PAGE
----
Moreover, as much as I hate to say it, because he is so fascinating to watch, but winning with Sidney Crosby somehow feels cheaper than winning with a bunch of ordinary mortal players. Do you play video games? Well, if you do, you know that in a survival-horror type game, like a Resident Evil or a Silent Hill, once you’ve beaten the game for the first time under particular conditions, you often get some sort of bonus prize weapon for your second play-through. This is generally something like a grenade launcher or machine gun with unlimited ammo, such that you can pretty much blast your way through the game in maybe 2 hours, whereas the first time with normal weapons takes 10 or 15. Now, it can be hella fun to blast zombies for 2 hours, absolutely, but somehow, it’s never quite as fulfilling as that first play-through, where you were constantly scrounging for enough ammunition and getting killed by the same boss over and over again and periodically running for the nearest save point like a little girl and hiding behind furniture and having to find a way to decapitate the demon-nurses with a letter opener and never knowing when you were going to get sucked into the Evil World where everything is made of rusty chain-link fence.

Sidney Crosby is hockey’s version of the magic grenade launcher with unlimited ammo.

But ahbabi can beat this thing with the letter opener.


Reality Check said...

E - Thanks for the tag! I've been having lots of fun with the Crosby Habs notion to the annoyance of some Pens fans.

While I can be accused of beating it like a dead horse, I must say I will only believe it, if and when it happens. In five and half years, a whole bunch of things can change, such as allegiances, the CBA, etc.

As for your theory of the Canadiens becoming perceived as all Crosby if it does happen, I mildly disagree.

One one hand, when past superstars Richard, Beliveau, and Lafleur dominated, the Habs, due to an enormous talent depth, were never perceived as one-man-shows.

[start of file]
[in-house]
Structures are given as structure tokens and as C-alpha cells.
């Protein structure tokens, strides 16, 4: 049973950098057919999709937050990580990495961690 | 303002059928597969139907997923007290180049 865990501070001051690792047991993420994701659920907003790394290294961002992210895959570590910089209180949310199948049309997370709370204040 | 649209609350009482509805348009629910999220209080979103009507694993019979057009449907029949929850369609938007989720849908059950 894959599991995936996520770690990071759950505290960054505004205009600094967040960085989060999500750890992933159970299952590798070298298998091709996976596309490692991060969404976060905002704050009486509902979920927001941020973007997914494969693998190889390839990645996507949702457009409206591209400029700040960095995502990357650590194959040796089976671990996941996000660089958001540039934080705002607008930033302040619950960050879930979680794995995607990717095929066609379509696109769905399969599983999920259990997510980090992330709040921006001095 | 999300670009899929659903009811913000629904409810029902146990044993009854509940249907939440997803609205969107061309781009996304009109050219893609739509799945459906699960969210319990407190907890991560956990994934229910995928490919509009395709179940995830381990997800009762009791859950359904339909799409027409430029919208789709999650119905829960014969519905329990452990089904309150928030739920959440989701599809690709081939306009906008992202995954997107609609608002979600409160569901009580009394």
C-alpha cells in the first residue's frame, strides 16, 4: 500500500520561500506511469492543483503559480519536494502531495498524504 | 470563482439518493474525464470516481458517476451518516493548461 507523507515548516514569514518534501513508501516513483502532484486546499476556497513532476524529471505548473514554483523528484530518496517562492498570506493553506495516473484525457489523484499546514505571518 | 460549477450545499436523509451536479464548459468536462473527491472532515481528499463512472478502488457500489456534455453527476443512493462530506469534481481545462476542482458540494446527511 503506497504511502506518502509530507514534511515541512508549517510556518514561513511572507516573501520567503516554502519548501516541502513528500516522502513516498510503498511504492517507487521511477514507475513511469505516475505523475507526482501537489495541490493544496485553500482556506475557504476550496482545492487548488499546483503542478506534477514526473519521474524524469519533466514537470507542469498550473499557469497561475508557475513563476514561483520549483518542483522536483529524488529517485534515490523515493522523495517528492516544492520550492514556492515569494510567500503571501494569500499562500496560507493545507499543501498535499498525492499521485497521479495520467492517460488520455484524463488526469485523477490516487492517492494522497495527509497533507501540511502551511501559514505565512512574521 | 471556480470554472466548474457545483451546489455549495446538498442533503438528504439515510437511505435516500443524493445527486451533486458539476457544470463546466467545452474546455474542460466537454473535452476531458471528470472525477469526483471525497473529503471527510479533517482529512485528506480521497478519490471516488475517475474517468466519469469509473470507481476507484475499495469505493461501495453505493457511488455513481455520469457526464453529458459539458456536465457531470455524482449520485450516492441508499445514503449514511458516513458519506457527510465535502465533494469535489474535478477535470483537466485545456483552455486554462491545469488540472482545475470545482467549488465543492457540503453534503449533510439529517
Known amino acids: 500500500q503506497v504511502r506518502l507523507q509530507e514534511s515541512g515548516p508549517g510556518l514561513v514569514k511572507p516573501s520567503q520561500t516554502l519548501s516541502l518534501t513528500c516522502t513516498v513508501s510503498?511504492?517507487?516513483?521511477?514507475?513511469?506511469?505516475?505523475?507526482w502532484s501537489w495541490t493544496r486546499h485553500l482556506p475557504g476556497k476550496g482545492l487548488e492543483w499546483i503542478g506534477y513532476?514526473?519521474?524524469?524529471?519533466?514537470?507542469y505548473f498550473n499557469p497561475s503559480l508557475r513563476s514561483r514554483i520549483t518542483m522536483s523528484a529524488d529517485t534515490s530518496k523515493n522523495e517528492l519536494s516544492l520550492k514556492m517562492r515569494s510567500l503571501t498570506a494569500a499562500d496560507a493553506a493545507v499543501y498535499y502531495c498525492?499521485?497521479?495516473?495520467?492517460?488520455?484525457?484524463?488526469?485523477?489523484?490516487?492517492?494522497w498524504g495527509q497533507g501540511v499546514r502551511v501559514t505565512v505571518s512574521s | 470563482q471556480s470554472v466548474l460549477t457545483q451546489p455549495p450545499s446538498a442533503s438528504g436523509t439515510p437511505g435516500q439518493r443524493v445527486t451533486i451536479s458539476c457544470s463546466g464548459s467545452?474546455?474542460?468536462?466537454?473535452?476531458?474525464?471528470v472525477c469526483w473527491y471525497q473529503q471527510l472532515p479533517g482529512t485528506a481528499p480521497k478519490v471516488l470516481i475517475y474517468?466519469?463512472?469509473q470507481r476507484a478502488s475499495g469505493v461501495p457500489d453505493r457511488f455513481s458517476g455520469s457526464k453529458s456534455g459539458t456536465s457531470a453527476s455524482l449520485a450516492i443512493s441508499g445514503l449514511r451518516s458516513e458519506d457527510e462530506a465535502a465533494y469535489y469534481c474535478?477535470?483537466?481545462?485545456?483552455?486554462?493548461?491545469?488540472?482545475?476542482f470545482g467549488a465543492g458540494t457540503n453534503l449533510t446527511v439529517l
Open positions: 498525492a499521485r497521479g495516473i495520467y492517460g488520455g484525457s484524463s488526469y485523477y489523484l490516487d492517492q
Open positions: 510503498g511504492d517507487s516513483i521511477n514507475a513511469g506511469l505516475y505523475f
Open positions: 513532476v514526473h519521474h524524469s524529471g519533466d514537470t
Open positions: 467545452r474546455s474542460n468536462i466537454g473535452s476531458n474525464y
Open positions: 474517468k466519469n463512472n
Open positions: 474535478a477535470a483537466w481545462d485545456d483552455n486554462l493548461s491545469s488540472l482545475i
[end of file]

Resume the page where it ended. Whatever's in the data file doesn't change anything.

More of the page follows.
However, this day and age, with media exploding into new and unknown spheres, it is quite possible that your take becomes the general opinion of the masses.

Who knows?

Fun dreaming, though, Isn't it?

Julian said...

If Sidney Crosby becomes available to your team, you want him.

You may be attached to your current team, the current group, but few if any of those players will still be around in six years, and the players who replaced them may be alot crappier.

You do have a bit of a point, Oilers fans from the dynasty years say the 1990 Cup win is generally considered the sweetest because they showed they could do it without Gretzky.
But I don't think any of them were happy to see the trade go down two years earlier.

The only reason I'd worry about Crosby in Montreal is because of the media and city attention, that it'd distract him from his game, that people wouldn't leave him alone.

An aside : I think we'll know Crosby has truly reached the immortal level when people begin to bar his selection in hockey pools in order to keep everything else fair. I'd bet it happens after his win the art ross by fifty points in 2007-08.

Reality Check said...

It's all fun and speculation for now.

The Canadiens roster will surely evolve, but they are stacked with lots of great prospects and younsters for years to come.